Coronavirus survivors may not be getting "immunity passports" after all. The idea—which has gained some ground in Europe—is that passport holders would be immune to COVID-19 and able to re-enter society. But the World Health Organization warned Friday that there's "no evidence" of infected people developing antibodies that protect them against another infection, the BBC reports. "At this point in the pandemic, there is not enough evidence about the effectiveness of antibody-mediated immunity to guarantee the accuracy of an 'immunity passport' or 'risk-free certificate,'" WHO said in a statement. In fact, the world-health body warned that passports could make matters worse if holders "assume that they are immune" and "ignore public health advice."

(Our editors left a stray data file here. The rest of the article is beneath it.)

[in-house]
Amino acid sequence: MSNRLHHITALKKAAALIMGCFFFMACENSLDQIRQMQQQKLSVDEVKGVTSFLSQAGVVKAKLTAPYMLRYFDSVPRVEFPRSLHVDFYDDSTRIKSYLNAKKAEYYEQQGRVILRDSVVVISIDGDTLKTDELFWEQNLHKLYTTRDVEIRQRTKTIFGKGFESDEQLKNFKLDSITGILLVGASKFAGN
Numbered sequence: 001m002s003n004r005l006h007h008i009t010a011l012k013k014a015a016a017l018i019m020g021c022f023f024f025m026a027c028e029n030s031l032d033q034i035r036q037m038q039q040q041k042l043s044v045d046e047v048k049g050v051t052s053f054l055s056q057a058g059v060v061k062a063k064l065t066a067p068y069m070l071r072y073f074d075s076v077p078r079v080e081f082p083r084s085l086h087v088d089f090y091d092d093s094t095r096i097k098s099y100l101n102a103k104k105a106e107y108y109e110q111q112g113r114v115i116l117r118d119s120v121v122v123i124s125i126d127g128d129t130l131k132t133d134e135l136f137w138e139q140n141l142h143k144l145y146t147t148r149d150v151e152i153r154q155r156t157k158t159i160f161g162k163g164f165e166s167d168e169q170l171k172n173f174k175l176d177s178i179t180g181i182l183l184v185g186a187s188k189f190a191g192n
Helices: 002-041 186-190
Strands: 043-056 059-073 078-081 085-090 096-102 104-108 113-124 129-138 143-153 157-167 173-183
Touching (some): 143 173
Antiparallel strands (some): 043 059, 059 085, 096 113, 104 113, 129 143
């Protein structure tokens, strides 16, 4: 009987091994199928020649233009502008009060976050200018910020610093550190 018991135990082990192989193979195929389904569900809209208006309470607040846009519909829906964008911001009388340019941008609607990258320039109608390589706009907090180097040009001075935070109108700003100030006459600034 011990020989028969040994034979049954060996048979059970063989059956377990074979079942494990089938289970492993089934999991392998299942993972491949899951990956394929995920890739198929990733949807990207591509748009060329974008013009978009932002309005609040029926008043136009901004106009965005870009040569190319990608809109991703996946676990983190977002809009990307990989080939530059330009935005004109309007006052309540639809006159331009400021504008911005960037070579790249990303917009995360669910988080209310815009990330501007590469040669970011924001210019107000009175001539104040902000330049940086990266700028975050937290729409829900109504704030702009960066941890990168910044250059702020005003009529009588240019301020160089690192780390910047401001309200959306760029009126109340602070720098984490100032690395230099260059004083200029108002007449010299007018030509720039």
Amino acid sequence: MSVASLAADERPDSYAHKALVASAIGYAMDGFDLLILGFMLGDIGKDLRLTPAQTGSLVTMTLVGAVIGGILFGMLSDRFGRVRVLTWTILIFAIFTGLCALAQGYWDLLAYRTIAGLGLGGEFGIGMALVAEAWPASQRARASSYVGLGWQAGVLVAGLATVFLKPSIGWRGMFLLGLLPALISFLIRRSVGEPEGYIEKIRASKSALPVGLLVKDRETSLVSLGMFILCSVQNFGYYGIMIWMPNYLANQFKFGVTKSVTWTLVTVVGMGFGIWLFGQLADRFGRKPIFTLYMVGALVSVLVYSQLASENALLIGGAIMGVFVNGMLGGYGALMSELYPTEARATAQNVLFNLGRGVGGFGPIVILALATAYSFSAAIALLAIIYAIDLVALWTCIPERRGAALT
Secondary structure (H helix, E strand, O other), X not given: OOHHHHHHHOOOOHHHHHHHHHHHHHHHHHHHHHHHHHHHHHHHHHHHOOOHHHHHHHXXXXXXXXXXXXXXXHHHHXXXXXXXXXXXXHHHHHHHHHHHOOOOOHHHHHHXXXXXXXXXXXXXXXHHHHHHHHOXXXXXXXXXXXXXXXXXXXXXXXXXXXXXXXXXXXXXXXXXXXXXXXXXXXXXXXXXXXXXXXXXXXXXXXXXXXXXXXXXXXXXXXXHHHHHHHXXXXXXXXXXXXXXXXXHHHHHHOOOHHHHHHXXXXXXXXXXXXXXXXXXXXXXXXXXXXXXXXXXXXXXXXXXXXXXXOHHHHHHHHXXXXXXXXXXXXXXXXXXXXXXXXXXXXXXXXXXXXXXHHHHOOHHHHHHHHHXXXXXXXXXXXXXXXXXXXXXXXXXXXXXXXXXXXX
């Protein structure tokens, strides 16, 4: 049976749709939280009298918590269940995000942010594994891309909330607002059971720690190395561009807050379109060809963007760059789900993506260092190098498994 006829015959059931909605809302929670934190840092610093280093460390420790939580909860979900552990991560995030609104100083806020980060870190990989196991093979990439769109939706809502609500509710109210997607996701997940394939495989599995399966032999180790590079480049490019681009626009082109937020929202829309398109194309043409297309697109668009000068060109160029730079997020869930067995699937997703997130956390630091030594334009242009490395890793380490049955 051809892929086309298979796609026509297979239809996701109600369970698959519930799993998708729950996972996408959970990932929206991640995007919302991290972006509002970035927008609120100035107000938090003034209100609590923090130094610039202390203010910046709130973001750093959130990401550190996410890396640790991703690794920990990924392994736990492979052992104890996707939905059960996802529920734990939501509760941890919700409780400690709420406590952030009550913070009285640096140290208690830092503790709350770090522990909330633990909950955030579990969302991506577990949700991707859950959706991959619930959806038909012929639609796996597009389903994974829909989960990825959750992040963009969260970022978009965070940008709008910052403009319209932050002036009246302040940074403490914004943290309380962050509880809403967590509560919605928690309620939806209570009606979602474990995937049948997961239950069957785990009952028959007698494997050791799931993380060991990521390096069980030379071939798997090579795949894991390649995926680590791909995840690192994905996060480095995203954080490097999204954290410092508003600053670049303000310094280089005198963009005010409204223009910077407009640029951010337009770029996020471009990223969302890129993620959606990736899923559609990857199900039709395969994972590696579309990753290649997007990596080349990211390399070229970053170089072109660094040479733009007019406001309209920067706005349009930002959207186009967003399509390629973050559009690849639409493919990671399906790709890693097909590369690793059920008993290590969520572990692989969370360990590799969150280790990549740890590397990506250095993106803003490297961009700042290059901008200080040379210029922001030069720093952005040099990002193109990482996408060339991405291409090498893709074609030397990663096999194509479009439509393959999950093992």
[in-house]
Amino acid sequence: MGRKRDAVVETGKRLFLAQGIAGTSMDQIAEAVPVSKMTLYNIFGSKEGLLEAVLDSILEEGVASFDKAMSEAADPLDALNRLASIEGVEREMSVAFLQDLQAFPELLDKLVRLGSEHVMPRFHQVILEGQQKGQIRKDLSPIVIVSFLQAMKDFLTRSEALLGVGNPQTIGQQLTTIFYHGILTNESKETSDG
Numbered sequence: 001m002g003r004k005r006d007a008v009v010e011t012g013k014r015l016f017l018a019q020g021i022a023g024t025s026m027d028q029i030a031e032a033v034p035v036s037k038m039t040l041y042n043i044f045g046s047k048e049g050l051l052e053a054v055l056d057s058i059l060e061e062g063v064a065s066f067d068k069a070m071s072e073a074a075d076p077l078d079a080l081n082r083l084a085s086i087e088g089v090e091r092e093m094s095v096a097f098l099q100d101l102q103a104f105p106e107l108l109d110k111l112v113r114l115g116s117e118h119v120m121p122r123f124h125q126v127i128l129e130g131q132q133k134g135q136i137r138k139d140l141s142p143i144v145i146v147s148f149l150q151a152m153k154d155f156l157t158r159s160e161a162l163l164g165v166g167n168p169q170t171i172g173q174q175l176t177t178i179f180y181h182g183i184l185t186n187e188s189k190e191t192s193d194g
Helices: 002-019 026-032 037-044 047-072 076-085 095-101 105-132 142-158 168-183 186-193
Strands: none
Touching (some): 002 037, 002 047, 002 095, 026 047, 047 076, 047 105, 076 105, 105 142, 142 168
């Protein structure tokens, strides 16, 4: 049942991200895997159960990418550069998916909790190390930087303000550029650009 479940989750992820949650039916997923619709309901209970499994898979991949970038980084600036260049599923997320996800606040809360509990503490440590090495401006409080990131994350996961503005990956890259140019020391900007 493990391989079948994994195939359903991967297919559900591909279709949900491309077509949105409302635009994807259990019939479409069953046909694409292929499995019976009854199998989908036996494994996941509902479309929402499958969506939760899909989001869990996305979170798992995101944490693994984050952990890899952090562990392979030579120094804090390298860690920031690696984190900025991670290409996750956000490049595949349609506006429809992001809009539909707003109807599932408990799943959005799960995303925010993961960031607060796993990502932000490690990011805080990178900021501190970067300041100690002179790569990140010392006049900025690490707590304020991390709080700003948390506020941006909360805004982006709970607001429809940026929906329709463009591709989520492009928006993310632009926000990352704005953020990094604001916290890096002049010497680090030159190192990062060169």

Britain is among countries toying with the immunity-passport idea, per the Guardian, but the science seems far from certain. Reports from South Korea and China describe patients getting reinfected after they had apparently recovered; one expert says the virus might even "reactivate" itself. Most studies do show antibodies in the blood of COVID-19 survivors, but some antibody levels are low, which suggests that T-cells, another factor in the body's immune system, might be a vital element of recovery. Belgian virologist Marc Van Ranst warns that immunity passports might also be faked, and people might purposely infect themselves to get one. "This is just not a good idea," he tells the BBC. "It is an extremely bad idea." (Read more coronavirus stories.)